This article originally appeared in the York Daily Record as part of "The Greatest Athletes" series in October 2008.
Rod Gladfelter spent four nights a week last winter in a sleeping bag outside of his home.
It was part of his preparation for running a 100-mile ultra-marathon in Alaska — in below-zero temperatures in February.
Gladfelter, it seems, is experiencing an athletic awakening of sorts at age 50.
It’s been more than three decades since he was arguably the greatest two-sport athlete in the history of York County Tech.
He went on to play Division II football at Liberty University before earning a tryout with the Dallas Cowboys.
Ever since, he’s taught school, coached football, flown airplanes, hunted ducks and fished for tuna and marlin — and recovered from a severe spinal cord injury.
But now he’s raised the intensity.
What started as a way to lose some extra pounds has now grown into a two-day, ultra-marathon quest in which contestants must pull a survivor’s sled in case they are trapped in a blizzard.
To train, Gladfelter is running 7 miles every other day — including sometimes jogging from his home in New Salem to his job teaching physical education at York Township Elementary. He not only slept outside but has often gone for midnight training runs — anything to help acclimate himself to the cold he will face in Alaska.
In July, he ran his first ultra-marathon, a 30-miler in 95-degree heat with 5,000-foot inclines in West Virginia. He finished in 7 hours, 15 minutes. Last month he finished about 35 miles of a 50-mile race in severe heat and humidity at Codorus State Park.
Of course, this is the guy who went on a 300-mile bike ride into Virginia with a buddy when he was 13.
“It’s the adventurous part of me,” he said of the ultra-marathon. “It’s something you do alone, in the wilderness. It’s a once-in-a-lifetime deal.”
• • •
The photograph, in all of its 1970s glory, still hangs high above the lockers in the hallway of York Tech.
Gladfelter is posed in a football uniform, his long, wavy reddish-blonde hair blowing in the wind. A football is in his right hand, as if he is ready to throw a make-believe pass.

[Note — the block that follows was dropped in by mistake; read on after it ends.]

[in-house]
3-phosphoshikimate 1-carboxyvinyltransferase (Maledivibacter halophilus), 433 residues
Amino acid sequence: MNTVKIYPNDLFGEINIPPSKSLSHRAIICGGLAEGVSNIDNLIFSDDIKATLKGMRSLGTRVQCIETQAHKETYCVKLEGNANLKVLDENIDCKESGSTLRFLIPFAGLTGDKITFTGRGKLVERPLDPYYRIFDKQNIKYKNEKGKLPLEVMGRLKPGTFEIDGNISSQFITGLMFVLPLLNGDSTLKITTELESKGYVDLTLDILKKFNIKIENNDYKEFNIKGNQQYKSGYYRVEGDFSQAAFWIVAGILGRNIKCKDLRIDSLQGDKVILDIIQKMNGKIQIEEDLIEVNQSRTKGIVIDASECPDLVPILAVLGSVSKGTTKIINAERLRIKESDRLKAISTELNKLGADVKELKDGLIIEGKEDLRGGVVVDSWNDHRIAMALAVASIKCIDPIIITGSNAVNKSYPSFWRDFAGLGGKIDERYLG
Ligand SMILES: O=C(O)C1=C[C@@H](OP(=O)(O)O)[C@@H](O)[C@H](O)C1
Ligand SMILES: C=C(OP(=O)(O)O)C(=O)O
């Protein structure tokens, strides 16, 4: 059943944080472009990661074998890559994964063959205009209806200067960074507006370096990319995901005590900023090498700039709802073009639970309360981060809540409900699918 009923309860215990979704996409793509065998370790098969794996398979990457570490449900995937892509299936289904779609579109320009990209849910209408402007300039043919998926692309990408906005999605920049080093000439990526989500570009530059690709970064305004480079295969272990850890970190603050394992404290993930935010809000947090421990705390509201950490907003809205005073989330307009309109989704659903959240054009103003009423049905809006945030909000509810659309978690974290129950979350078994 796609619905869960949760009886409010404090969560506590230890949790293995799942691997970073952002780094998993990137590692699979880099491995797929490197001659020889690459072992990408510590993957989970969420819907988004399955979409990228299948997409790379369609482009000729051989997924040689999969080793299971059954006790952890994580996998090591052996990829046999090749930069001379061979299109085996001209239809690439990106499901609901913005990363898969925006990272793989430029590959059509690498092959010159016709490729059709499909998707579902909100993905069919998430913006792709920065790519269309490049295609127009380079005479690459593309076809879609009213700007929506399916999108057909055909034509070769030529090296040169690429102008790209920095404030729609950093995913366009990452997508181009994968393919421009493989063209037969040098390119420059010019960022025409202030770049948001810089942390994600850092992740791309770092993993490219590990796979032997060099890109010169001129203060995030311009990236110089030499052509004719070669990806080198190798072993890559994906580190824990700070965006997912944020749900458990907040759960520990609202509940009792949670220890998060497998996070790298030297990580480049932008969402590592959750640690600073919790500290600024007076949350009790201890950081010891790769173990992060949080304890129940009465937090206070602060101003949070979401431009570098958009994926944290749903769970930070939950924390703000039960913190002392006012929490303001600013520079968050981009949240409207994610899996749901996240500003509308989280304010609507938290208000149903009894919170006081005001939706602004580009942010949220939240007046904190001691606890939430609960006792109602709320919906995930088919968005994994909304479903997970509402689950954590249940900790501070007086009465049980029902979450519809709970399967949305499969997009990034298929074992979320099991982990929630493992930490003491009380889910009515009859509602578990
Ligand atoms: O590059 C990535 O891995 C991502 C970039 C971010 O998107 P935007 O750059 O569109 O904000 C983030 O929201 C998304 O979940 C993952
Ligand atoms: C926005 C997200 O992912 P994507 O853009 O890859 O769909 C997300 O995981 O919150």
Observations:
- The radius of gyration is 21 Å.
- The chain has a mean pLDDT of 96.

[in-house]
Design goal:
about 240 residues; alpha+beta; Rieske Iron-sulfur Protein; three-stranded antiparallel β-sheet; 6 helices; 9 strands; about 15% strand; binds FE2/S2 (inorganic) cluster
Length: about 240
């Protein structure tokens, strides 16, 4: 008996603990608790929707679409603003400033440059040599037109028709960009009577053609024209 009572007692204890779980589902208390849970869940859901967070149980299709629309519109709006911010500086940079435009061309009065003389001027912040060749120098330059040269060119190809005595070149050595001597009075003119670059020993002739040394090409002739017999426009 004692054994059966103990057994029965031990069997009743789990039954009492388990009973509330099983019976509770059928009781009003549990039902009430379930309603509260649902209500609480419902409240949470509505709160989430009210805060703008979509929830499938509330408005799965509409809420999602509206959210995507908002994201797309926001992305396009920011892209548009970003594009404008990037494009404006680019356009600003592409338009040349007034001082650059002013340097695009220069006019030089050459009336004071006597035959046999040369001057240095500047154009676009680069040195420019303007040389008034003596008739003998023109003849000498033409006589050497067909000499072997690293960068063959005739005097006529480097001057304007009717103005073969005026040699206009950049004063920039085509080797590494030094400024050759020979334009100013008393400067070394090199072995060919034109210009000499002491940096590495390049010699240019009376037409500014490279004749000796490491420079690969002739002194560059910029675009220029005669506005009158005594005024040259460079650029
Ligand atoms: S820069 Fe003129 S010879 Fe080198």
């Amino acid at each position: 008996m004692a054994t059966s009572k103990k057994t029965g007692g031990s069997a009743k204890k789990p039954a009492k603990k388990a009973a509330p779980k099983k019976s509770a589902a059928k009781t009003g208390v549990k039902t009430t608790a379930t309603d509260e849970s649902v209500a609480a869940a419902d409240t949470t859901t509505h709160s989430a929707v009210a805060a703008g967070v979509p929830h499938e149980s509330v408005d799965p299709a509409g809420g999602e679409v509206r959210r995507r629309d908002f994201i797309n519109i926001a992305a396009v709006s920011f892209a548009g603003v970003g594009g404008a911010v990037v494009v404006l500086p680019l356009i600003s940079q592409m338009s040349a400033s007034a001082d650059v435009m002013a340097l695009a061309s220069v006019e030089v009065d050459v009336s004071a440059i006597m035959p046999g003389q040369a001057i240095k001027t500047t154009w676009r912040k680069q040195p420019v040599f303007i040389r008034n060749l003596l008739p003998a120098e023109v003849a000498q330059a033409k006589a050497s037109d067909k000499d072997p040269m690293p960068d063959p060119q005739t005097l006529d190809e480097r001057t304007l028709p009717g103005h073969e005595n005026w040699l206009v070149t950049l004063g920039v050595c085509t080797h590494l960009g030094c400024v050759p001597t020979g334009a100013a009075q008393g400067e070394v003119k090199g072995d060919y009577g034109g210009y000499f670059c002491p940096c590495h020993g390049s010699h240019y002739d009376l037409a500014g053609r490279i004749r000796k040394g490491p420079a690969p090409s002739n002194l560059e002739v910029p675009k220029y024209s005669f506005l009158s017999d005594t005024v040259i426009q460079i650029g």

He laughs about it now.
“I had a set of lineman shoulder pads for the picture. I just threw on some green socks. I had a loose pair of pants, and they said, ‘Here’s your football shirt.’ I thought, ‘This is ridiculous.’ It was November and overcast and the wind was blowing like 30 mph.
“It was just a bad picture day.”
But what a wonderful time, though.
York Tech was a new school back then, and, even though its teams were never large, it did attract enough star athletes and enjoyed some surprising success.
Gladfelter was one of the best.
He was a star center fielder and pitcher on the baseball team, but it was football where he truly made headlines. He was an honorable mention all-state pick as a senior quarterback with about 1,300 passing yards and close to 900 more rushing. He was a standout defensive back, too. And he kicked and punted.
“He was our Jim Thorpe,” said Gene Fake, his coach then.
Gladfelter went on to star at defensive back at Liberty University in Virginia before that tryout with the Cowboys.
Then came his career as a welder — and the spinal cord injury that nearly changed his life in the most tragic way.
• • •
Three hundred pounds of steel fell on him at a Lancaster job site, compressing his spine and blowing out two disks. Surgery that was supposed to last four hours drug on for 16. He said doctors told him that they lost him twice in the operating room. He was paralyzed from the neck down for a few days until swelling around his spine subsided.
He worked himself back through a year of therapy.
“Every day I wake up and move my hands and feet I say, ‘Thank you, God.’”
That’s when he turned to teaching and assistant football coaching jobs at Spring Grove and Dallastown, where he is the defensive coordinator of the varsity team.
Then he learned to fly airplanes, starting with lessons four years ago at the York Airport.
Certainly, he is a busy man these days.
Aside from teaching, coaching and flying, he also welds tanks part-time at BAE Systems — using his vocational degree.
And he does motivational speaking at high schools, colleges and businesses.
Now, he’s preparing for his biggest race at age 50.
His days at York Tech, it seems, have motivated him as much as anything — kids from all over the county bonding together to win some football and baseball games they weren’t expected to win.
“It was a springboard,” he said.